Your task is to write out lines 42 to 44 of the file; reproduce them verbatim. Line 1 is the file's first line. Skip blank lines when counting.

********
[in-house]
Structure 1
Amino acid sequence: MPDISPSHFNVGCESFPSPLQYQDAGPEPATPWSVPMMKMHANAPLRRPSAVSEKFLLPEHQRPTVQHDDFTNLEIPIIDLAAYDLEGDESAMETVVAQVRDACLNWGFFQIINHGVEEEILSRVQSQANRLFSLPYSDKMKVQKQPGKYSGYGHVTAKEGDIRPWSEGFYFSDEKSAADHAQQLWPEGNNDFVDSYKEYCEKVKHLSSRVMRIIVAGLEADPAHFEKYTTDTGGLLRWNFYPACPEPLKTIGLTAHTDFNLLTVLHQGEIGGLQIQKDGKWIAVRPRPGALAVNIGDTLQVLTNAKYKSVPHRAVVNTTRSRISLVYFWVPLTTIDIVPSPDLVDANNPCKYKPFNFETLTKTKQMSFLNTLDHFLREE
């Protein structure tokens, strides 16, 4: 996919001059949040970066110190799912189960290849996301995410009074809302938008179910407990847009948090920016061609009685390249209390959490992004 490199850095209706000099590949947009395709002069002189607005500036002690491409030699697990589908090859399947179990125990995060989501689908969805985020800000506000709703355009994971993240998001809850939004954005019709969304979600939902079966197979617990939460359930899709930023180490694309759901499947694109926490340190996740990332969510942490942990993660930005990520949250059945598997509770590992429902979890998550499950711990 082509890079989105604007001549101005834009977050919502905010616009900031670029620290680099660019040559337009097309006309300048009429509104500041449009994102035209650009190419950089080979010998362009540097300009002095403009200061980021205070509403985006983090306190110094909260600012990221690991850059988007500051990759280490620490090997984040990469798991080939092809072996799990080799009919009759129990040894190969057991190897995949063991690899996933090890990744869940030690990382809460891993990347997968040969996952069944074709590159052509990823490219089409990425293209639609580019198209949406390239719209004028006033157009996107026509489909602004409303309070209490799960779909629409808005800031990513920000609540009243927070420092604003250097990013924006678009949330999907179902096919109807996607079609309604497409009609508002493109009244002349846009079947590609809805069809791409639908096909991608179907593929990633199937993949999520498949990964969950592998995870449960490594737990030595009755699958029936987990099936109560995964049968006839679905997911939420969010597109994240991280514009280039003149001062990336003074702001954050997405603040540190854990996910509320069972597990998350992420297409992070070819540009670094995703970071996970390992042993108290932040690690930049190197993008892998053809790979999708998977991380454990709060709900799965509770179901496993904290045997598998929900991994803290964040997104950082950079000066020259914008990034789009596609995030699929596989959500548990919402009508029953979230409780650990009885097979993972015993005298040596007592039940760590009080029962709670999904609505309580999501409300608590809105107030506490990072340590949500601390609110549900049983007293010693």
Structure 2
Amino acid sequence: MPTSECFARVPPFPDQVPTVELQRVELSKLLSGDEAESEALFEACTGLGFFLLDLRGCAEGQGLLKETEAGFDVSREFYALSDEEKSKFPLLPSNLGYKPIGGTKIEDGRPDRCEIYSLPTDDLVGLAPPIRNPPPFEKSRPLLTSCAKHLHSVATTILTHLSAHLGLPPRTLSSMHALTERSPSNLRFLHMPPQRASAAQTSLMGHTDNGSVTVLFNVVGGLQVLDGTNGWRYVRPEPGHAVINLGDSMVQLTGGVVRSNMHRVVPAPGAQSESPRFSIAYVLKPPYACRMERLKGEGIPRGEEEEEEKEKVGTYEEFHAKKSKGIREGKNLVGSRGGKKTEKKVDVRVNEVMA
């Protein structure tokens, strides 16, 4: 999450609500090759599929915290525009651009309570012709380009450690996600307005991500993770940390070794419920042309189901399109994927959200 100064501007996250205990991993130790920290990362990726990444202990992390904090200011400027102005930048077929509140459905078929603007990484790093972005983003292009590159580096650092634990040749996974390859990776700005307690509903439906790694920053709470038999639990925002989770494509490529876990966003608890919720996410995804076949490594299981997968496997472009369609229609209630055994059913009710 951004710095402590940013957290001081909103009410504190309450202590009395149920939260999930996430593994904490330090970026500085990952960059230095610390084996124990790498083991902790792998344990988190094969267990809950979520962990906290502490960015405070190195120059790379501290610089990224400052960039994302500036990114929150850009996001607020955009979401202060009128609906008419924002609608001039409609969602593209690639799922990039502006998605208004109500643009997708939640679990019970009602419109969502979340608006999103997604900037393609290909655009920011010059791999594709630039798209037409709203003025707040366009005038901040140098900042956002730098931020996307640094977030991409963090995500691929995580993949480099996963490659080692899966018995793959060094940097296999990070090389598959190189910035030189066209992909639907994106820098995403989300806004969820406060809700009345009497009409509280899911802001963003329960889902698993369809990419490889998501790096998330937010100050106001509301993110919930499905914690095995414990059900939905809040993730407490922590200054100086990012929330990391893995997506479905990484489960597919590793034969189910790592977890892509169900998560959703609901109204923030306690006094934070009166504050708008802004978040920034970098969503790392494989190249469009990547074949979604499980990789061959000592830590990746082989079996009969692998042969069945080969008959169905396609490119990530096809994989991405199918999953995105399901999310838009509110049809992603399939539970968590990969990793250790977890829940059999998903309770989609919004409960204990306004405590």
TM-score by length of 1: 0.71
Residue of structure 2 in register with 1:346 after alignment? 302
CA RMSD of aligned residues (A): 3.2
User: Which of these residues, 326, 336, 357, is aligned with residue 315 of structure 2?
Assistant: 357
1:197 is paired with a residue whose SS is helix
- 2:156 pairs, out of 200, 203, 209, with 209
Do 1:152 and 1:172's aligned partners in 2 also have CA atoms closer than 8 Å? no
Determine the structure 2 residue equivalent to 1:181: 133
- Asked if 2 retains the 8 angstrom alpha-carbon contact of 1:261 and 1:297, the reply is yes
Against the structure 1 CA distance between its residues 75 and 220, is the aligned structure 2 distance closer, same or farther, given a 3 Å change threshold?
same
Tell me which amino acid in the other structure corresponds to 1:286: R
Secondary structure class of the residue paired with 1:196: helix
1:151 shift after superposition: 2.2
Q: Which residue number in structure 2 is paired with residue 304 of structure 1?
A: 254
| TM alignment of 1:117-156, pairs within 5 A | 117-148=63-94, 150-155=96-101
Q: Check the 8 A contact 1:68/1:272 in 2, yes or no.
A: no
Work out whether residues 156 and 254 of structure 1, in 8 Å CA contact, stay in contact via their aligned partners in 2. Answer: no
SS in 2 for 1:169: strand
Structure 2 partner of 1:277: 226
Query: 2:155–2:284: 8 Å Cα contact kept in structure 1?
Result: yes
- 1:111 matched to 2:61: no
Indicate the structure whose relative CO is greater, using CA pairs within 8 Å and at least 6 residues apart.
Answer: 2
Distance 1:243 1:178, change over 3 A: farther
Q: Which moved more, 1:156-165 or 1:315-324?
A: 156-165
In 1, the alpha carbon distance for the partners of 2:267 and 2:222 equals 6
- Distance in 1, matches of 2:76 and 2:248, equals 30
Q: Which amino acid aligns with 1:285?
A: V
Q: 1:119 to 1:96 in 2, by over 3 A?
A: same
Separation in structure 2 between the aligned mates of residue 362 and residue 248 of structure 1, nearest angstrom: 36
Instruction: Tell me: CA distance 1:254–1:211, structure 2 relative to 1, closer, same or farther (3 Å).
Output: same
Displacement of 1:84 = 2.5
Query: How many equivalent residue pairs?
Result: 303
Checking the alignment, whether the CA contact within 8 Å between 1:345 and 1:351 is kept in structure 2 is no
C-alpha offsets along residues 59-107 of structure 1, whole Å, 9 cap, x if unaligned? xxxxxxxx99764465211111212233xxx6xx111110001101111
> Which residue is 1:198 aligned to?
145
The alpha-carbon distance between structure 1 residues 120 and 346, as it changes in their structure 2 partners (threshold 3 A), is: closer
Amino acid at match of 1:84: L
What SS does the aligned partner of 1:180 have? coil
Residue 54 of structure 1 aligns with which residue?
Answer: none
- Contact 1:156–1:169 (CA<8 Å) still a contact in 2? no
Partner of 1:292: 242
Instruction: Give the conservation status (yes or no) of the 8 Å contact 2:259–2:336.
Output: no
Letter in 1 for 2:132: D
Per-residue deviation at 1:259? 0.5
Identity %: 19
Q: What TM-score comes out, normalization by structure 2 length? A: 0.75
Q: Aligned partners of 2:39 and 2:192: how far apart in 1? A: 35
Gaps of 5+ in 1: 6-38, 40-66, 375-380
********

A: V
Q: 1:119 to 1:96 in 2, by over 3 A?
A: same